Allsopp on the Seneca (Part II)

Stock Sparkling Ale: Yesterday and Today

This link illustrates well the original sparkling ale process as classified in the 1935 American Brewers’ Review article, discussed in my Part I. It is page 362 of a 1907 article by Thomas Hyde, “Practical Notes on a Visit Through American and Canadian Breweries”.

Hyde, a Briton, wrote his report for the U.K.-based Journal of the Institute of Brewing. He describes the ale of “Brewery No. 3” as stored a few months without refrigeration, hopped down, in vats and barrels. It was of stock ale strength, probably around 7% abv. It was then chilled (to clarify it), carbonated, filtered (to render it brilliant), and sent out.

The carbonation was not effected here by krausening but the use of a matured ale as the base of the brilliant ale, with no further aging given after carbonation, shows the essence of the old system. The 1935 article acknowledged that force-carbonating tended to replace krausen – “heading” in U.K. terms – once available.

Hyde did not like the flavour, finding it harsh. He thought that non-cooled storage should be replaced by a cold-storage system. A page or two earlier, his describes brilliant ale at Breweries No. 1 and No. 2 as being cold-stored for different periods, in one case after krausening. The krausen type was not stated, it may have been heading, or partly-fermented ale wort.

All are variations on a theme, designed to get a brilliant glass of fizzy beer based on a top-fermentation (ale) process.

Earlier in the article he describes cream or lively ale barrelled at high pressure. He confirms that such beer received no storage at all. This is the cream ale/lively ale whence the 1935 article spoke, the other side of the divide. He detects an “old” flavour but clearly here it was from the yeast, probably cropped and reused many times and deteriorated; the context makes this clear, imo.

Wahl & Henius, and the two British visitors I’ve mentioned, all explained aspects of cream and sparkling ale in ways consistent with the 1935 article, as did other sources. But without a codification so to speak of the practices, a full picture of these types was elusive.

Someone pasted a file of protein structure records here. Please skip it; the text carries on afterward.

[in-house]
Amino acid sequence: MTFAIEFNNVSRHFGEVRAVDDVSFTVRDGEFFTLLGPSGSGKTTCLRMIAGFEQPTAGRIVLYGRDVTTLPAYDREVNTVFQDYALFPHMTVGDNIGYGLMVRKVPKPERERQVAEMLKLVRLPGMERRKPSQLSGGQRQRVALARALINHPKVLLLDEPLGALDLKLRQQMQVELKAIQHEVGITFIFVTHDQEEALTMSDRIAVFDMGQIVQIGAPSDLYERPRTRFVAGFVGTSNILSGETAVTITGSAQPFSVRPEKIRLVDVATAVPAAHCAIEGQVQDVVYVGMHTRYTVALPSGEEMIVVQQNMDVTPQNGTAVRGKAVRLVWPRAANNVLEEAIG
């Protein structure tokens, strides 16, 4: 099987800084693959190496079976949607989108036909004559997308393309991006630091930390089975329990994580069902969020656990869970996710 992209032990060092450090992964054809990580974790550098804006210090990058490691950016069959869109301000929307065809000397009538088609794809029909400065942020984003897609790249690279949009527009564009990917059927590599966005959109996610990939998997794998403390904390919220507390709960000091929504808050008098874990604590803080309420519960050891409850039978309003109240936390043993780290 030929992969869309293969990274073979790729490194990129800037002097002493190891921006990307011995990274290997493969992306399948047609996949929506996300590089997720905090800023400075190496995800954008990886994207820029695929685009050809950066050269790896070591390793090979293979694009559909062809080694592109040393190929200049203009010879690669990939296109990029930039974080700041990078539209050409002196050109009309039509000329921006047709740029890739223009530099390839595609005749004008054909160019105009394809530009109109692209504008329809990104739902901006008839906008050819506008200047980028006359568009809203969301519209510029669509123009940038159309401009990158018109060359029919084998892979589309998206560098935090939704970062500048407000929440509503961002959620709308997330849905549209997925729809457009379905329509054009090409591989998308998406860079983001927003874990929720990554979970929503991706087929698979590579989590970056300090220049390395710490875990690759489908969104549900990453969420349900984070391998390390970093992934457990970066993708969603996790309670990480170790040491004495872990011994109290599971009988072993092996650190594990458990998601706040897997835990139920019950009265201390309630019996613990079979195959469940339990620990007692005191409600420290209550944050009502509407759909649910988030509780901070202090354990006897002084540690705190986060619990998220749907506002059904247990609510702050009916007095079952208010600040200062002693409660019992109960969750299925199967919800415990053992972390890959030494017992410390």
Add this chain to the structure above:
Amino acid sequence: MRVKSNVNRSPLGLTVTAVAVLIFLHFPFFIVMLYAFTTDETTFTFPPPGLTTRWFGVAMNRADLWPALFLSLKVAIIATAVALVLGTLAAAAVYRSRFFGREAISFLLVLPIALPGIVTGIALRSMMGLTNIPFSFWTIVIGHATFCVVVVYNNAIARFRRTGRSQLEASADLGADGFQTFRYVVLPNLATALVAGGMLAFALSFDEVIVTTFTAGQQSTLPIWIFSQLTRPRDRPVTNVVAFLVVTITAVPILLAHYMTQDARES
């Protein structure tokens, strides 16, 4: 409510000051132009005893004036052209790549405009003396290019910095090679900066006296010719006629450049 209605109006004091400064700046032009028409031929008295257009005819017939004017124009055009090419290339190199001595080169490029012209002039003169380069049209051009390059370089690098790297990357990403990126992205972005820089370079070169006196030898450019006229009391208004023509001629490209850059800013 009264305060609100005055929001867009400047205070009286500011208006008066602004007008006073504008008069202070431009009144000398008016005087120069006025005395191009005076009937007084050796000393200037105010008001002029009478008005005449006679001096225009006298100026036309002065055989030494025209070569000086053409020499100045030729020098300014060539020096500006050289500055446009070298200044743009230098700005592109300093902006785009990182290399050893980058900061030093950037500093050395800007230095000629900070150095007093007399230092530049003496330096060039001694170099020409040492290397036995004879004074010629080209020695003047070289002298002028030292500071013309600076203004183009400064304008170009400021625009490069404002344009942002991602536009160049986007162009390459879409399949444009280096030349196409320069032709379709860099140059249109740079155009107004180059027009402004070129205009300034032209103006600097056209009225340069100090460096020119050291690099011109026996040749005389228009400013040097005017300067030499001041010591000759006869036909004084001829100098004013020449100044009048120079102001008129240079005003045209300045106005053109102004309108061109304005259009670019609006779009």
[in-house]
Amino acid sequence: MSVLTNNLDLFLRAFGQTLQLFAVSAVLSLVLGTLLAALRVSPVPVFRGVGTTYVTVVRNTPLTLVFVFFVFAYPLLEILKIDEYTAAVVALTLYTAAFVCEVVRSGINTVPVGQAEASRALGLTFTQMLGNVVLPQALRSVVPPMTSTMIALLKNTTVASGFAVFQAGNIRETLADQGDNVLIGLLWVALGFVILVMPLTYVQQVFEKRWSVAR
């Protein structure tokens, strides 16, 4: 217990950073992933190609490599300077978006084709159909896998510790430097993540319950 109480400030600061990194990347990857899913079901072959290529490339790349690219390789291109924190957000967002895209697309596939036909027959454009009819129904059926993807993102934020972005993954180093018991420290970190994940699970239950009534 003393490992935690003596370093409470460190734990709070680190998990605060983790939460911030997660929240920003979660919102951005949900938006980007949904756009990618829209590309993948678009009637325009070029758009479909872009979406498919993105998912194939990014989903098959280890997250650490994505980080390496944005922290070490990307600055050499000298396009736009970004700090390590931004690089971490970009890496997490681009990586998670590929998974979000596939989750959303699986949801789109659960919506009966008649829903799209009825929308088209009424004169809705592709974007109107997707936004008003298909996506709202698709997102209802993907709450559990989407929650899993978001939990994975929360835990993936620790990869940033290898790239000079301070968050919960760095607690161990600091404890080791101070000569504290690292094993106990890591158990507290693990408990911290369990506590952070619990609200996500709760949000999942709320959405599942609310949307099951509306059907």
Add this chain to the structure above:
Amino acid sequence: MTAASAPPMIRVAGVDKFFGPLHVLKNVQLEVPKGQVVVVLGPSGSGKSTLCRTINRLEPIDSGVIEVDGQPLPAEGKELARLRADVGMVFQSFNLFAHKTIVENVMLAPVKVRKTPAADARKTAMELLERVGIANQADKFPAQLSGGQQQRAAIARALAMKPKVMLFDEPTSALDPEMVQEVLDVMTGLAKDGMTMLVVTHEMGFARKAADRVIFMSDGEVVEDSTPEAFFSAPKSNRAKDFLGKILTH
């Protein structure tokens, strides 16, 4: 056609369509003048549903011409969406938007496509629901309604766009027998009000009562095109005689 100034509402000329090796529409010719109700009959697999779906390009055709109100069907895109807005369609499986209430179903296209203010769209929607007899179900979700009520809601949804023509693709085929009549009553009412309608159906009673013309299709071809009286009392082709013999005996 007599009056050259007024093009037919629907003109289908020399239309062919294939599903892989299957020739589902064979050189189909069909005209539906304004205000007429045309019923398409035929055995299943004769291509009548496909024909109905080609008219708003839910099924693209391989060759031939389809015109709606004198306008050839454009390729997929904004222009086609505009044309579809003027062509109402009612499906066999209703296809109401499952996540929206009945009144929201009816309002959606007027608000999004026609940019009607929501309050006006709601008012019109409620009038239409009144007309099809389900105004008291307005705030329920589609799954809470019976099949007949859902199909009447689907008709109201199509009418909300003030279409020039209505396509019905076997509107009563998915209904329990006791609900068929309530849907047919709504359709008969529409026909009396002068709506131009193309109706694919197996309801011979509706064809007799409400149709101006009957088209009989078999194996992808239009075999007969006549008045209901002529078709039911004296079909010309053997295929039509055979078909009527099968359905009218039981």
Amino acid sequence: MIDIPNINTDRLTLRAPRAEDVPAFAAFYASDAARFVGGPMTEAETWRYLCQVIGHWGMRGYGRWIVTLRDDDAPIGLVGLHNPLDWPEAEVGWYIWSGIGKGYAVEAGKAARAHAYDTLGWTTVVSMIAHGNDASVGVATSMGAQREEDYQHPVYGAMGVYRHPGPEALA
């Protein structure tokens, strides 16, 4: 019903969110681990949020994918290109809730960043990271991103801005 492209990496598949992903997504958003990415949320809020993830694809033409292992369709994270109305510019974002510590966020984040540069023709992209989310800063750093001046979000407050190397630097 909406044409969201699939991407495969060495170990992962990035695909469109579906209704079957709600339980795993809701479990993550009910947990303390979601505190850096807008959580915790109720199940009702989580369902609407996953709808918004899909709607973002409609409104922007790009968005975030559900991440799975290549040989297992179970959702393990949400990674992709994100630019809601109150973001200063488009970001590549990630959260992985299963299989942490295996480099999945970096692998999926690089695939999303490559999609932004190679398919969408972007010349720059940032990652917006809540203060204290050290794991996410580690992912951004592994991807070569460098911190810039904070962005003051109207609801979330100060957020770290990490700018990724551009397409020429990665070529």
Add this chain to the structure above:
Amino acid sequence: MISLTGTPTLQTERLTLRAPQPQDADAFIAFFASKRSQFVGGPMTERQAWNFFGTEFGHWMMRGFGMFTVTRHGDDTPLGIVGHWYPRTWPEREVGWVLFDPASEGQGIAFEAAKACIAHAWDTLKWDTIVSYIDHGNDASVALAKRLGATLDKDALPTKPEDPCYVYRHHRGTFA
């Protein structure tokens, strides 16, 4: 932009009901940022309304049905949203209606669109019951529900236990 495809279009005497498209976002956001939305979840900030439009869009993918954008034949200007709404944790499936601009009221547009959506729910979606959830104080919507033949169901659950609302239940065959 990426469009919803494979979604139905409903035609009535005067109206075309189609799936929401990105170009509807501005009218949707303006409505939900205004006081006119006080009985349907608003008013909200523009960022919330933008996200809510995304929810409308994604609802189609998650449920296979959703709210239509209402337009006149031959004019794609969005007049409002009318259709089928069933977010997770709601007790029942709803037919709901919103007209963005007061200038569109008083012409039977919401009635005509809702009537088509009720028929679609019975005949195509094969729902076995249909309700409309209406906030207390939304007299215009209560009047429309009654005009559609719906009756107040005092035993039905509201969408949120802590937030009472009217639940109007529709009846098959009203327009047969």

Hence the significance of the 1935 article I discussed in Part I. In that year, with the benefit of a long hiatus from commercial brewing and the passage of a generation, a corner of North American brewing history was illuminated.

This was reinforced by the commentary I’ve discussed earlier, in the same journal in the mid-1930s, linking steam beer to cream/lively ale.

In Canada, O’Keefe Extra Stock Ale (possibly still available on the West Coast), Labatt Extra Stock (defunct I think), and Molson Stock Ale, still made in Ontario, descend from the original sparkling ale type. So did the long-disappeared Brading’s Old Stock Ale.

Another sparkling ale, Sleeman’s in Ontario, perhaps represents more the type that merged with cream ale, but was inspired by a historical recipe certainly. Canadian Beer News gives some background, here. The beer is an occasional or seasonal release, and is quite good.

Mill St. Brewery in Ontario has a stock ale (pictured), here is some detail from the website. A note states:

Our Stock Ale was inspired by old school Canadian golden ales. “Stock Ale” was (and still is!) the term used by Canadian big breweries to refer to the best beer in their breweries before dilution or blending. This is one of the best “lawn mower” beers in the country!

I mean to try this soon, or rather again, it’s been some years.

For Part III of this study, see here.



1 thought on “Allsopp on the Seneca (Part II)”

  1. There is no question, as I mentioned before, that the terms cream, lively, sparkling/brilliant, and present use were not always used consistently, stock too for that matter, as over time different periods were said to denote stock beer, from three to six months for the minimum period, for example.

    This 1899 article in Oswego states a brewer’s view that his beer aged three months or more – a proposed legal standard – was stock, while his beer aged not more than one month was present use beer. He made it clear after a month in barrel the beer risked going sour, “stocky”, and that most customers preferred fresh beer. However, even where fresh or newly-made ale was the basis of a brewer’s sparkling (brilliant) ale, it was typically chilled by refrigeration and kept cold for a few weeks. We saw this via the 1907 article referenced above. To use a more modern formulation, it was “cold-aged”.

    One way or another, sparkling ale was aged for some weeks or more either before conditioning – Brewery No. 3 in example above – or after in refrigerated tanks – Breweries 2 & 3 where different temperatures were applied progressively over a month or so.

    In contrast, the original cream aka lively ale was ready shortly after fermentation was completed. All it needed was carbonation, initially via krausening. Steam beer was the same. No chilling, no weeks in store.

    This basic difference endured between the two classes until they finally merged. They merged because, all commercial brewing ended by, i) making a crystal-clear product, that ii) was mechanically chilled at some point in its process.


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